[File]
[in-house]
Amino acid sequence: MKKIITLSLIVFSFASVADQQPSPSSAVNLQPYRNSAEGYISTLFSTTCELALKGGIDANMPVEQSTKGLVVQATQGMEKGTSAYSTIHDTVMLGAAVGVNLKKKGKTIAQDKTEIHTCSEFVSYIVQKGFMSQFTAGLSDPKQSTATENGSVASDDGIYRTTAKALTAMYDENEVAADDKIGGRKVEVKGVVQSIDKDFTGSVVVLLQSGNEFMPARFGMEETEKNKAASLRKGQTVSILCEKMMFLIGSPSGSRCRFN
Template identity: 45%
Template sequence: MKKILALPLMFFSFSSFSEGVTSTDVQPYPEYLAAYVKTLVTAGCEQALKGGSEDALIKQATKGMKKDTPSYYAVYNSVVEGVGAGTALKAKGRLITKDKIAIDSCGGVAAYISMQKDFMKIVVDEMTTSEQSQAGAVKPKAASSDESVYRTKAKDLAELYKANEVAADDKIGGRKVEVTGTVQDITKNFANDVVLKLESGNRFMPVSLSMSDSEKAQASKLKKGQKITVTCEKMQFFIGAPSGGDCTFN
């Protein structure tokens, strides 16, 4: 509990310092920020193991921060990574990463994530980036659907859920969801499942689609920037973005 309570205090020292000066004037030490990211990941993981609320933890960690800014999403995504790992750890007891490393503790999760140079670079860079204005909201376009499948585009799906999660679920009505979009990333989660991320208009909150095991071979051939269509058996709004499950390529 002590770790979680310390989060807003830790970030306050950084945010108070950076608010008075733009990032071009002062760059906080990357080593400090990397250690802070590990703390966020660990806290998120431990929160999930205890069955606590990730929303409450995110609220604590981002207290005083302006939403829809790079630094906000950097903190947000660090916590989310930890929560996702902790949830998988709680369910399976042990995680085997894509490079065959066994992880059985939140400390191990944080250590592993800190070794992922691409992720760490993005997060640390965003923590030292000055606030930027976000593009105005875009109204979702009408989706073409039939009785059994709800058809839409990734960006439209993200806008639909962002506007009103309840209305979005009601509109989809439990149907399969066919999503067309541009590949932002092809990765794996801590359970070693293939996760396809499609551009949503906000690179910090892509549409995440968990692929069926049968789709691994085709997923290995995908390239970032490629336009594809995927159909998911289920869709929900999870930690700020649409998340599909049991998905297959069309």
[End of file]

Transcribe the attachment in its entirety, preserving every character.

[in-house]
Amino acid sequence: MKKIITLSLIVFSFASVADQQPSPSSAVNLQPYRNSAEGYISTLFSTTCELALKGGIDANMPVEQSTKGLVVQATQGMEKGTSAYSTIHDTVMLGAAVGVNLKKKGKTIAQDKTEIHTCSEFVSYIVQKGFMSQFTAGLSDPKQSTATENGSVASDDGIYRTTAKALTAMYDENEVAADDKIGGRKVEVKGVVQSIDKDFTGSVVVLLQSGNEFMPARFGMEETEKNKAASLRKGQTVSILCEKMMFLIGSPSGSRCRFN
Template identity: 45%
Template sequence: MKKILALPLMFFSFSSFSEGVTSTDVQPYPEYLAAYVKTLVTAGCEQALKGGSEDALIKQATKGMKKDTPSYYAVYNSVVEGVGAGTALKAKGRLITKDKIAIDSCGGVAAYISMQKDFMKIVVDEMTTSEQSQAGAVKPKAASSDESVYRTKAKDLAELYKANEVAADDKIGGRKVEVTGTVQDITKNFANDVVLKLESGNRFMPVSLSMSDSEKAQASKLKKGQKITVTCEKMQFFIGAPSGGDCTFN
């Protein structure tokens, strides 16, 4: 509990310092920020193991921060990574990463994530980036659907859920969801499942689609920037973005 309570205090020292000066004037030490990211990941993981609320933890960690800014999403995504790992750890007891490393503790999760140079670079860079204005909201376009499948585009799906999660679920009505979009990333989660991320208009909150095991071979051939269509058996709004499950390529 002590770790979680310390989060807003830790970030306050950084945010108070950076608010008075733009990032071009002062760059906080990357080593400090990397250690802070590990703390966020660990806290998120431990929160999930205890069955606590990730929303409450995110609220604590981002207290005083302006939403829809790079630094906000950097903190947000660090916590989310930890929560996702902790949830998988709680369910399976042990995680085997894509490079065959066994992880059985939140400390191990944080250590592993800190070794992922691409992720760490993005997060640390965003923590030292000055606030930027976000593009105005875009109204979702009408989706073409039939009785059994709800058809839409990734960006439209993200806008639909962002506007009103309840209305979005009601509109989809439990149907399969066919999503067309541009590949932002092809990765794996801590359970070693293939996760396809499609551009949503906000690179910090892509549409995440968990692929069926049968789709691994085709997923290995995908390239970032490629336009594809995927159909998911289920869709929900999870930690700020649409998340599909049991998905297959069309």